Running Prolog code in the JVM

Last edited: 1 Oct 2019 - What's Changed? - Desktop view - HomePage

This page describes a BSF (Bean Scripting Framework) engine for JLog, a Prolog-in-Java system. JLog is a full-featured Prolog interpreter that can be run as an applet, an application or embedded through an API. You can download the full package, which includes JLog-1.3.6, at It's licensed under the GPL.

BSF enables a Java host program to call scripts or programs written in other languages in a language-neutral way. That means that a BSF-enabled application can a) call scripts and programs written in other languages without knowing in advance in which language they might be (embedding), and b) that any language for which a BSF engine is available can be used to script a BSF-enabled Java application (scripting). Currently, BSF integration is available for JavaScript?, XSLT, Jython, Python, Ruby, ObjectScript?, NetRexx?, TCL, Groovy and now for Prolog. BSF has been released under the Apache License and can be found at It's also included in the download above.

The JLog/BSF integration library (or BSF engine) was developed by myself. JLog was developed by Glendon Holst, and can be found at It's also licensed under the GPL.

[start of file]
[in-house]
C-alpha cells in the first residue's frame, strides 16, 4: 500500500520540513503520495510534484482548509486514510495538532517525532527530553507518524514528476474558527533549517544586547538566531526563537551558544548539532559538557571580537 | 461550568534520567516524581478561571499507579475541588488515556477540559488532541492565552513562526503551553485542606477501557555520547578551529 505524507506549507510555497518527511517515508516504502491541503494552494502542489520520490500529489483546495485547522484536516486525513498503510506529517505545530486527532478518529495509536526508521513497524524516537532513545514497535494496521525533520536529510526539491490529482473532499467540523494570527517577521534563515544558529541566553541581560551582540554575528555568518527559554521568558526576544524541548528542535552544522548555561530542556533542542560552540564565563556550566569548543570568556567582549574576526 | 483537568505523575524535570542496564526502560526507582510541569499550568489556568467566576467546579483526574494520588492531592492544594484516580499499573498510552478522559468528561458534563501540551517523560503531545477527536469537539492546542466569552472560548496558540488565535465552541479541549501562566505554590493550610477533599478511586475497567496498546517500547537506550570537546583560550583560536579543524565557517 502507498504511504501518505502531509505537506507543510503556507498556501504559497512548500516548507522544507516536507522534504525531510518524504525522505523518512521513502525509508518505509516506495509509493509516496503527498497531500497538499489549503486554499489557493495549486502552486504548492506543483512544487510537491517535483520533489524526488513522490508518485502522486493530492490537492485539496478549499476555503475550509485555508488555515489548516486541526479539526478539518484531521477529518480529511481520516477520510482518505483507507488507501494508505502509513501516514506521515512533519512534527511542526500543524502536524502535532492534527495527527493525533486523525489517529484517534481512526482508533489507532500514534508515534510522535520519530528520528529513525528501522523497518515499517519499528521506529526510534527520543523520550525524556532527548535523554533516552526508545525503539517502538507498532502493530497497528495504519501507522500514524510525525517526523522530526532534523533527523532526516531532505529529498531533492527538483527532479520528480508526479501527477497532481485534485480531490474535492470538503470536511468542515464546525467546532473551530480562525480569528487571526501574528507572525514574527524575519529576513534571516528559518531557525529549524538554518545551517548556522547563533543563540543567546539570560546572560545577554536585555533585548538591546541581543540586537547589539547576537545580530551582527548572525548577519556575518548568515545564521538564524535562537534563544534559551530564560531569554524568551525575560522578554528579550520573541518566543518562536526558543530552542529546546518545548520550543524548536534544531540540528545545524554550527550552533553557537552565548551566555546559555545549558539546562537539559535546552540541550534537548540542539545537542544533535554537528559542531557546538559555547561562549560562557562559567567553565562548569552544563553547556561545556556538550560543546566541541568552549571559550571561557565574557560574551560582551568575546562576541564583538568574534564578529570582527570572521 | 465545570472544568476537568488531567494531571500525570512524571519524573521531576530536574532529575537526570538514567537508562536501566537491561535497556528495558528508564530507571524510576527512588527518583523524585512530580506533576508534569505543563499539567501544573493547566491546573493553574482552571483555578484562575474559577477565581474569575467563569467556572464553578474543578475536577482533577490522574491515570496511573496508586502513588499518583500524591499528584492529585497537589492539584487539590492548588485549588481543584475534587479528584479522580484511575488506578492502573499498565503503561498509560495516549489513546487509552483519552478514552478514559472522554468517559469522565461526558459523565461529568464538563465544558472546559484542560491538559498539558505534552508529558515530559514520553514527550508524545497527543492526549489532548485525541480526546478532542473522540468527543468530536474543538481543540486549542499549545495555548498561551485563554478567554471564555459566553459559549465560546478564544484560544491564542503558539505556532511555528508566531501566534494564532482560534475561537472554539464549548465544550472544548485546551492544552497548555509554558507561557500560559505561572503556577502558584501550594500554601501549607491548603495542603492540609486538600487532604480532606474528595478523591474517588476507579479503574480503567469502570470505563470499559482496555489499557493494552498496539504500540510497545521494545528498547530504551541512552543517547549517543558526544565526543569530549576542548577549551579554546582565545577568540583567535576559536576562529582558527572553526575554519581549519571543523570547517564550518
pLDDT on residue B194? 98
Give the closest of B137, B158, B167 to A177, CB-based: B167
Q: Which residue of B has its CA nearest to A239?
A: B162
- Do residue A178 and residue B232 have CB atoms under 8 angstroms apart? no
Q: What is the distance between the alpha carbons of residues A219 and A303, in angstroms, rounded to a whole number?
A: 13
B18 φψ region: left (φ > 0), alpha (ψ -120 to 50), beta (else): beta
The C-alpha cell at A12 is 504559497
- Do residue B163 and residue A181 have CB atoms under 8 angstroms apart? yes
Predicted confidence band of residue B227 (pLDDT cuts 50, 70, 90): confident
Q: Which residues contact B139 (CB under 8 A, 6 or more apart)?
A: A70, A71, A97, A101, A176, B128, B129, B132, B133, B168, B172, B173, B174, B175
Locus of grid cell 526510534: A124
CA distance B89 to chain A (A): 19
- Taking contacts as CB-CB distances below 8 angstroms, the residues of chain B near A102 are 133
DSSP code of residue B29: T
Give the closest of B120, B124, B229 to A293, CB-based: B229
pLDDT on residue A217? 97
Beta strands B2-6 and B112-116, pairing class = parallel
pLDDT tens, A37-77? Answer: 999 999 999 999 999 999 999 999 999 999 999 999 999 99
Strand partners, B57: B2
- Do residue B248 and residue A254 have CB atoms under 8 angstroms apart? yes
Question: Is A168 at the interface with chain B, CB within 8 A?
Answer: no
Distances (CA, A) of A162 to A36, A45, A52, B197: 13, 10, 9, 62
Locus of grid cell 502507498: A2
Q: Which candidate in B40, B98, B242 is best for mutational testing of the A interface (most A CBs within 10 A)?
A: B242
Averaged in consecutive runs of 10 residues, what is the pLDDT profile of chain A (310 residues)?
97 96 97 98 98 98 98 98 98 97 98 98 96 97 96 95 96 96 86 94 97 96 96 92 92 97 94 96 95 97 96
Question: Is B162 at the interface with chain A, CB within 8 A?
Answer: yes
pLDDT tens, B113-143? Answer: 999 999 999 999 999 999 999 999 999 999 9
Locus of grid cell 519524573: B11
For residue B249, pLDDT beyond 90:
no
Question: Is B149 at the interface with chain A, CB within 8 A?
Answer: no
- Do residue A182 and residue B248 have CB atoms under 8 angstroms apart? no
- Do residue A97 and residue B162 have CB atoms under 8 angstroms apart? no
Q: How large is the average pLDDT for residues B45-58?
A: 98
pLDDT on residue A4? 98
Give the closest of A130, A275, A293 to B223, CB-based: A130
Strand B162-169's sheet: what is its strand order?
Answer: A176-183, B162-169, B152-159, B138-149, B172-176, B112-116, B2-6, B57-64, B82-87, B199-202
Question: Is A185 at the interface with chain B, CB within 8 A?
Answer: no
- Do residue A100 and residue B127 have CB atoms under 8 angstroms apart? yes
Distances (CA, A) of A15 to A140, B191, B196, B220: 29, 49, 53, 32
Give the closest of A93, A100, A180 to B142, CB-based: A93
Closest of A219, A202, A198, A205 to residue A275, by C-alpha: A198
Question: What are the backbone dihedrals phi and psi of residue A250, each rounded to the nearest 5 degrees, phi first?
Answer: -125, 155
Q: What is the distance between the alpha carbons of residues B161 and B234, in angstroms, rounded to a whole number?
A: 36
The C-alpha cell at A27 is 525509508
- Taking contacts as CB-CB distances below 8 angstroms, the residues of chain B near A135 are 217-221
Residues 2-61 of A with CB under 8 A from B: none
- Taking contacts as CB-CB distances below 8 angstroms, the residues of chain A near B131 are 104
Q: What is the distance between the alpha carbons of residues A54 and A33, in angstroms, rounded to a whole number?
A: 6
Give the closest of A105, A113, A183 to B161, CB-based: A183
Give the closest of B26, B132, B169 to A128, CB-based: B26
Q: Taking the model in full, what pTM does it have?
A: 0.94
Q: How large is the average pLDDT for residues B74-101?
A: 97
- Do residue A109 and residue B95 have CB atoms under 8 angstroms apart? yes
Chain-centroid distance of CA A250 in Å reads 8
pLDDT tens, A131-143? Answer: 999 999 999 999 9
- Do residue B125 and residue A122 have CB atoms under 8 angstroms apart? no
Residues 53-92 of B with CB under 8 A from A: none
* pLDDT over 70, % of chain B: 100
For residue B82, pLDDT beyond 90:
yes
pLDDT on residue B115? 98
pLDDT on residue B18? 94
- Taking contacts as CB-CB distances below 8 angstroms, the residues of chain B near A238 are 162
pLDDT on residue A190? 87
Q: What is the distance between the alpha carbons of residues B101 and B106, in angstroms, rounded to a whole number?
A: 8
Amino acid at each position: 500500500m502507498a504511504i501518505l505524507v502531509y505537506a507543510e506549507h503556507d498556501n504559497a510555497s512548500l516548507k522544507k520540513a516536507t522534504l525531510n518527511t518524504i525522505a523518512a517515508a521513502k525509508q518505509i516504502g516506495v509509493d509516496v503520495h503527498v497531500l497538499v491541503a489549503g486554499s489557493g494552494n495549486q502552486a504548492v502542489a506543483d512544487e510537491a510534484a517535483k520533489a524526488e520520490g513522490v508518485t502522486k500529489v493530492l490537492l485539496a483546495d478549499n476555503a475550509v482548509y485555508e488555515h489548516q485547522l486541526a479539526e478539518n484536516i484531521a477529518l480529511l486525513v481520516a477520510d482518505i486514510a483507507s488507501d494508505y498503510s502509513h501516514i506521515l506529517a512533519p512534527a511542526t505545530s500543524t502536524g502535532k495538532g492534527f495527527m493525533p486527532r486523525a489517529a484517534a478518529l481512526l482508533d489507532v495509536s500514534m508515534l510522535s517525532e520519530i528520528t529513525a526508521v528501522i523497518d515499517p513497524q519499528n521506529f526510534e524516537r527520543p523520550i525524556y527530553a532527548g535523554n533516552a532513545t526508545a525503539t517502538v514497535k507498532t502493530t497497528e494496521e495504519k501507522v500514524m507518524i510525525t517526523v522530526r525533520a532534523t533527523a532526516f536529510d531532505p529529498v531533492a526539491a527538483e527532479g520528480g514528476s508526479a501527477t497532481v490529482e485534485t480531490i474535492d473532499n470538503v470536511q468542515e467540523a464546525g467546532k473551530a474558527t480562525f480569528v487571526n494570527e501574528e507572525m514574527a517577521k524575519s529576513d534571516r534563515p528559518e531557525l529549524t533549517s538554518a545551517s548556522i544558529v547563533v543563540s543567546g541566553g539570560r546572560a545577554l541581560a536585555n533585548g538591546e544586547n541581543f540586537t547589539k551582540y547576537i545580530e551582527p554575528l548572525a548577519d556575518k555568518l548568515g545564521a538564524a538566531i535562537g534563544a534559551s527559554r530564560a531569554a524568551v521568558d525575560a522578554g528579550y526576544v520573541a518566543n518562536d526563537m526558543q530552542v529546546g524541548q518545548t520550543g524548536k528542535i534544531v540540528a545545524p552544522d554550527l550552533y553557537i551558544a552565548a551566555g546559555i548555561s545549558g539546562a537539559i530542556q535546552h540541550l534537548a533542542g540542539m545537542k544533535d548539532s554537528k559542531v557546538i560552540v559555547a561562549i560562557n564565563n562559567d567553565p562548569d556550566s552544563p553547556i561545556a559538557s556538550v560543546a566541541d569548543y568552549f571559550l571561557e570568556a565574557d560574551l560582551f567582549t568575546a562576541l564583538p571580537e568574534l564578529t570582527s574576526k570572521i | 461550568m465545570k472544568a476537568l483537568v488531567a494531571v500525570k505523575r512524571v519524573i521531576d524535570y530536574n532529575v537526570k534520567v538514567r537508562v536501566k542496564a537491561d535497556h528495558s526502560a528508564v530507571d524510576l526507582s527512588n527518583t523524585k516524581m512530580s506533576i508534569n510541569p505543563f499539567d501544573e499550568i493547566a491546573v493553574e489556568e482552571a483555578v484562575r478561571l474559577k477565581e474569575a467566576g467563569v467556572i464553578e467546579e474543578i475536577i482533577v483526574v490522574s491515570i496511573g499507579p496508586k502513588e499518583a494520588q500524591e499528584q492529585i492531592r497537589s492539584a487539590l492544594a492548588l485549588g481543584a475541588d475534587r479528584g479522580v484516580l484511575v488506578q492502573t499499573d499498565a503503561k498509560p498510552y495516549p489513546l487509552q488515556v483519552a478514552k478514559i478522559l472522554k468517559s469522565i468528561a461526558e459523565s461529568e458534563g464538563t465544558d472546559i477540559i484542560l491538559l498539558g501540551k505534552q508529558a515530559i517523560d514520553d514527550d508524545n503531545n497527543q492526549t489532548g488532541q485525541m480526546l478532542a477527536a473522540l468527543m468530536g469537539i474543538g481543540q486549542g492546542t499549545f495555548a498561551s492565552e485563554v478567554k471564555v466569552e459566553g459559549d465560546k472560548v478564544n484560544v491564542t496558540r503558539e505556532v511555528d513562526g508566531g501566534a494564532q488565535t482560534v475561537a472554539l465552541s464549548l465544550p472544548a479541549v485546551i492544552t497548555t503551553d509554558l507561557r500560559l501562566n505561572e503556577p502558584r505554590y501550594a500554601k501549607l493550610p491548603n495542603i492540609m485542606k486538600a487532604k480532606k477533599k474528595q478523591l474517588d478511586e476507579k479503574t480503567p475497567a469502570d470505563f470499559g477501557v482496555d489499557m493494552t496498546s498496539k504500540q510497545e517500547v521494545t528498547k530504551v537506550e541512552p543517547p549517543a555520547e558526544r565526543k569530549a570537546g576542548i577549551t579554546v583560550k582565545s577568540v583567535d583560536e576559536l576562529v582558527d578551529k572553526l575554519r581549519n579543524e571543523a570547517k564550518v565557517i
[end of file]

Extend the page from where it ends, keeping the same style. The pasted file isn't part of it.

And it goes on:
Sections in this document:


JLogBSFEngine? defines a number of Prolog predicates that can be used for interactions between both languages.


The following is a list of all examples that come with the distribution, with notes on how to run them and what they demonstrate.

% ant fib -Dn=15
Buildfile: build.xml
% ant script
Buildfile: build.xml
	[echo] prop=42
	[echo] prop2=53
	Sun Jul 31 18:50:36 CEST 2005

<bsf:scriptlet language="prolog">
	f2c(Start, End) :-
		Start =< End,
		bsf_lookup('out', OUT),
		bsf_static('Math', MATH),
		bsf_invoke(_, OUT, 'print', ['<tr><td>']),
		bsf_invoke(_, OUT, 'print', [Start]),
		bsf_invoke(_, OUT, 'print', ['</td><td>']),
		T is (Start-32) * 5/9,
		bsf_invoke(T1, MATH, 'round', [T]),
		bsf_invoke(_, OUT, 'print', [T1]),
		bsf_invoke(_, OUT, 'println', ['</td></tr>']),
		Start1 is Start + 10,
		f2c(Start1, End).
	f2c(30, 100).

  Restrictions and Problems

This section lists some of the restrictions one should be aware of.